LOGAN Cache County Attorney George Daines says he was simply following the law when he directed county officials not to let the public know details about people who apply for reductions in their property taxes because of hardships.
But others say Daines is misinterpreting the law, and keeping the information secret deprives other taxpayers of the ability to judge whether such tax breaks are justifiable and equitable.
After aspects of a hardship applicant's medical problems and financial condition were printed in Logan's Herald Journal, Daines sent a memorandum to the county executive outlining his opinion that state law prohibits the county from releasing financial and medical information about someone applying for property tax relief.
The newspaper reported the information after a county councilman questioned at a public meeting whether someone with a house worth $334,000 should get a tax break. Although Daines said his opinion was based on his reading of the law, he said people applying for hardship exemptions are entitled to privacy.
"To have an older person, or a person who has terminal cancer, reveal at a public meeting, 'I have terminal cancer. I can't pay my bills,' that's the issue," Daines said. "We're going to try to protect these people from public ridicule."
Jeff Hunt, a Salt Lake City lawyer specializing in media law, said state law does authorize the county to keep some medical and financial information private. But he said Daines is interpreting the law too narrowly.
"While a privacy interest may exist in certain personally identifiable medical and financial information submitted by hardship applicants, it seems to me that much information still can and should be provided to the public about this program, such as the names of the persons granted relief, the amount of the tax relief requested and granted and the general grounds for relief," Hunt said.
And Mike Sweeney, journalism professor at Utah State University, said allowing the public to scrutinize the records is the best way to ensure no one tries to approve a tax exemption for a friend, relative or business partner.
Although he said he doesn't doubt the honesty of anyone in Cache County government, Sweeney said someone, someday might be tempted.
"Why put the temptation in people's way?" he asked. "Why make it possible for them to even think about it?"
Besides, he said, those who pay more taxes because the hardship applicants pay less should be able to review the applicants' information to determine whether the county is treating everyone fairly.
"If somebody in the tax district isn't paying their fair share, that money has to be paid by someone else," Sweeney said. "Those kinds of decisions need to be public."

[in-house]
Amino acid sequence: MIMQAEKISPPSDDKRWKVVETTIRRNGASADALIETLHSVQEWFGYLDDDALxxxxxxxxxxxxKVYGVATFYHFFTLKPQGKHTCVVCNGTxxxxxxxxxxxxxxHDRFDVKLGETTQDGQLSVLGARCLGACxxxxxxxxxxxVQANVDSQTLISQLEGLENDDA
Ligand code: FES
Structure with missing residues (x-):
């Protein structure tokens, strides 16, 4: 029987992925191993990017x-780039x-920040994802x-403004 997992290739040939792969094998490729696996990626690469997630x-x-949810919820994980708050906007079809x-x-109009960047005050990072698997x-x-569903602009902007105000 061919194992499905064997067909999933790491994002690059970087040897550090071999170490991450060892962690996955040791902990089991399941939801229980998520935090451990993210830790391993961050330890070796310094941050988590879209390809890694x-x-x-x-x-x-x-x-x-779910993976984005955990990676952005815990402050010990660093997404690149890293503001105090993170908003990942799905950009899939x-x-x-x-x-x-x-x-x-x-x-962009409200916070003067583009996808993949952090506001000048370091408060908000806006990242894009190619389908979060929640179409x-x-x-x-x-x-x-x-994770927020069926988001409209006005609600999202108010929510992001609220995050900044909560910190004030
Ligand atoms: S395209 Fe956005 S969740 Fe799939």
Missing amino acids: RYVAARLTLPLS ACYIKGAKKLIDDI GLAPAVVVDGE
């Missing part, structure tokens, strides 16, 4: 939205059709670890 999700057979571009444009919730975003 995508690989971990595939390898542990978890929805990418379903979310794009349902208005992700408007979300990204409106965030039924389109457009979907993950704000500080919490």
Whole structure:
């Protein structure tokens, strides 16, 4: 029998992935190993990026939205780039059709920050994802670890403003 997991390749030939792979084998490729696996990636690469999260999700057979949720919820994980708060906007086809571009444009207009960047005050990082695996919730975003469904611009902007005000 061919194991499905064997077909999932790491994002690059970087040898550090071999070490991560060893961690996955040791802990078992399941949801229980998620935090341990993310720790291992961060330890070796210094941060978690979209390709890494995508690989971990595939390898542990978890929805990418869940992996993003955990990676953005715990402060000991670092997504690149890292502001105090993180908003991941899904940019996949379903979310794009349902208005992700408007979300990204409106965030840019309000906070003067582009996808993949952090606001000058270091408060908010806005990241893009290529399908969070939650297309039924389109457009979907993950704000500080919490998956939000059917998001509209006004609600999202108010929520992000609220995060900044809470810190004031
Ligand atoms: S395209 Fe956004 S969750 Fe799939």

But Daines said: "That's true of every program you have where someone receives a benefit from the government whether it's unemployment or a tax exemption or anything else."
Besides, he said, hardship tax exemptions are relatively small. The maximum amount that can be waived is 50 percent of property taxes or $798, whichever is less. To enable taxpayers to determine the fairness of hardship property tax exemptions, Daines said he would release statistical information about the applicants, including the number of applicants who cited a medical condition, what medical conditions were cited, what percentage of applicants cited long-term unemployment as a factor, what percentage of applicants cited developmental disability as a factor, the average property values of those applying, how many applicants were caring for dependents and what types of applicants were granted relief.
"We'll give you all the information you want," he said. "We just won't tie it to an individual's name, his personal problems with his health or his personal finances."
Those in Washington County asking for information about hardship property tax exemptions would get it with sensitive personal information blacked out, said Deputy County Attorney Dave Patterson. But Daines said redacting personal and medical information renders the information useless.
"If you take all of their health situation and their financial difficulties, that's the whole core of the document," he said.
Like Cache County, Utah County considers the information in the applications private. Salt Lake County will release the names and home locations of those applying but not financial and medical information.
Before Daines issued his opinion, Cache County officials cautioned applicants their information might be discussed at a public meeting where reporters could be taking notes, said Auditor Tamra Stones.
About two-thirds of those applying cite financial issues, not medical issues, she said.
In 2006, Stones said, 35 people applied for hardship exemptions in Cache County. So far this year, 32 people have applied, she said.
To automatically qualify for a hardship property tax exemption, state law requires applicants to be over 65, use their home as a permanent residence and make less than $26,941 a year.
But people who don't meet those requirements might still be eligible, Stones said. However, she said, they may have to submit medical bills, letters from doctors, financial statements and other information.
County officials then prepare a summary of each application, and the County Council votes on each request. Stones said she understands why applicants would not want the information made available to the public."They're already in rough circumstances," she said. "It's kind of like kicking a guy when he's down."